Hundreds gathered at Logan Circle in Center City Philadelphia over the weekend to commemorate the people who died in Puerto Rico as a result of Hurricane Maria — and to protest the federal government’s handling of the disaster.
“We are here to remind folks that those of us who can vote have a responsibility to be a voice and a vote for the people of Puerto Rico,” Philadelphia Councilwoman María Quiñones-Sánchez said. “The way we defend our flag is when we vote in November”.
The group marched down the Benjamin Franklin Parkway carrying a 60-by-40-foot Puerto Rican flag and laid it at the steps of the Philadelphia Museum of Art. The event, titled “The People for Puerto Rico: March to Remember,” was organized by PA Statewide Indivisible and co-sponsored by multiple organizations and political leaders from across the state.
A series of speakers — including Philadelphia Mayor Jim Kenney, Quiñones-Sánchez, former Councilman Angel Ortiz, and other political leaders — expressed solidarity with the people of Puerto Rico.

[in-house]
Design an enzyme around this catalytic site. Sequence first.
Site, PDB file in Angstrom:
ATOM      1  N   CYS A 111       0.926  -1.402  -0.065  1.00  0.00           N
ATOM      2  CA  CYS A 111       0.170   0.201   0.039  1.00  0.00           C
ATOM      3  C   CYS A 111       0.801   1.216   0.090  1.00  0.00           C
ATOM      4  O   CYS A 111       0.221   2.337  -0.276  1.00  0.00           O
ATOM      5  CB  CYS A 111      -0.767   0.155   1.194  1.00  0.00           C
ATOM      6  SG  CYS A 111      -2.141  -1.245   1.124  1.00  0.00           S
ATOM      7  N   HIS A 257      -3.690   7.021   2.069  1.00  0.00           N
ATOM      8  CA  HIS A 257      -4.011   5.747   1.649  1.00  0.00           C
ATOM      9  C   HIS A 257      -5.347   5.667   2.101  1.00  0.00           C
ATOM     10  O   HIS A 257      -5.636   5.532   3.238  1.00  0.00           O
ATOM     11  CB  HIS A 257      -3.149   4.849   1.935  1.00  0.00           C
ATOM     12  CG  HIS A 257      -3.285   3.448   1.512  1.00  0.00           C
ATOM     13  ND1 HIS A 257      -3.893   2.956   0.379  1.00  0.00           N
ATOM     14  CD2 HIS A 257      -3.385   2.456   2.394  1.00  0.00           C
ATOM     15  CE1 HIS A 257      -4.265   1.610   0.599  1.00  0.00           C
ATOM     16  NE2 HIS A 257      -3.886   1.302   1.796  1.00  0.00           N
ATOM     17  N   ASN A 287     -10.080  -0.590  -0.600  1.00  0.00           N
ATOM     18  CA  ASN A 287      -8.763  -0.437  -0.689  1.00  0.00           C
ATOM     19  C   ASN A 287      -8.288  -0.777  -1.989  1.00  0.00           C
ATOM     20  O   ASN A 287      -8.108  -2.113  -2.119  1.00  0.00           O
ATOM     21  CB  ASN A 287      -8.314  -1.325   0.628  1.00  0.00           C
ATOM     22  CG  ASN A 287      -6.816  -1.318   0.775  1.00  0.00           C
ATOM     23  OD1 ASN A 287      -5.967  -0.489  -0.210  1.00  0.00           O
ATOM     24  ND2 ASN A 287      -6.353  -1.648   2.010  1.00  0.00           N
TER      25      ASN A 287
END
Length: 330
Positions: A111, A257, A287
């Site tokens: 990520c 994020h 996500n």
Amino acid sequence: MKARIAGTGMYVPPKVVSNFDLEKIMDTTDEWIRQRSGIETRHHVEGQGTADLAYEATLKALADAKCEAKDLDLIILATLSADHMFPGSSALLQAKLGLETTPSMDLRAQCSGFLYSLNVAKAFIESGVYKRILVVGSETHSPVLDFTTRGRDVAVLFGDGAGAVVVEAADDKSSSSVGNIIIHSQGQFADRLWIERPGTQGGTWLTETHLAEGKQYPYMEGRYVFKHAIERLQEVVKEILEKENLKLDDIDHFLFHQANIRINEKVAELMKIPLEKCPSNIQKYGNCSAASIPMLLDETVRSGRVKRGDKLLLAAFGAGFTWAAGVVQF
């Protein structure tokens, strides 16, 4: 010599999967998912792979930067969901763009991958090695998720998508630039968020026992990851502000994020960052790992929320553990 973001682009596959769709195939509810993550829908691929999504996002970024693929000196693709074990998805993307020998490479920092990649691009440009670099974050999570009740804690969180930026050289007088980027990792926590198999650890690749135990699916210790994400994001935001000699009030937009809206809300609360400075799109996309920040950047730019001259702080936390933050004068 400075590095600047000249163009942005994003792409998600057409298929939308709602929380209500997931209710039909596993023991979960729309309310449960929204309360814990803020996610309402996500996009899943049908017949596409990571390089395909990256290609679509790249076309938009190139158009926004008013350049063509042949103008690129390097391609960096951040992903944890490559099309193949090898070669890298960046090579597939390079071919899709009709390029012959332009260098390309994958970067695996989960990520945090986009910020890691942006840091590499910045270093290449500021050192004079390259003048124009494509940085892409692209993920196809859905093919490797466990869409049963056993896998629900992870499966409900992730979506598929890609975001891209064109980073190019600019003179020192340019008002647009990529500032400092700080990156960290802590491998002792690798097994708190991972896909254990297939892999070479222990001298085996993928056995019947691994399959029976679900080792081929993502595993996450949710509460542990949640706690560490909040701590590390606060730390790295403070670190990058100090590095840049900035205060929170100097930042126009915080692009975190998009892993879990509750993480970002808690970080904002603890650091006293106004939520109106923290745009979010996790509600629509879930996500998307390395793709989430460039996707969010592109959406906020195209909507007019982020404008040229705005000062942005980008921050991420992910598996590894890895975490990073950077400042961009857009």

Outrage followed when President Donald Trump questioned an official estimate that nearly 3,000 people died from Hurricane Maria.
“3000 people did not die in the two hurricanes that hit Puerto Rico,” Trump said in a tweet at the beginning of September. “When I left the Island, AFTER the storm had hit, they had anywhere from 6 to 18 deaths.”
In another tweet, Trump blamed Democrats: “This was done by the Democrats in order to make me look as bad as possible when I was successfully raising Billions of Dollars to help rebuild Puerto Rico. If a person died for any reason, like old age, just add them onto the list. Bad politics. I love Puerto Rico!”
Trump was reacting to the release of a new study conducted by Milken Institute School of Public Health at George Washington University and commissioned by the Puerto Rican government that found 2,975 people died because of Hurricane Maria. The new study exceeds the original death toll, which was 64. According to the study, many people died because of indirect causes in the aftermath of the storm.
“The federal government response to this tragedy has been so poor,” Kenney said Saturday. “To our new Puerto Rican neighbors who have come to Philadelphia, we welcome you with open arms.”
One message repeated multiple times was the importance of voting in the Nov. 6 election. Philadelphia has the second largest Puerto Rican population in the mainland United States.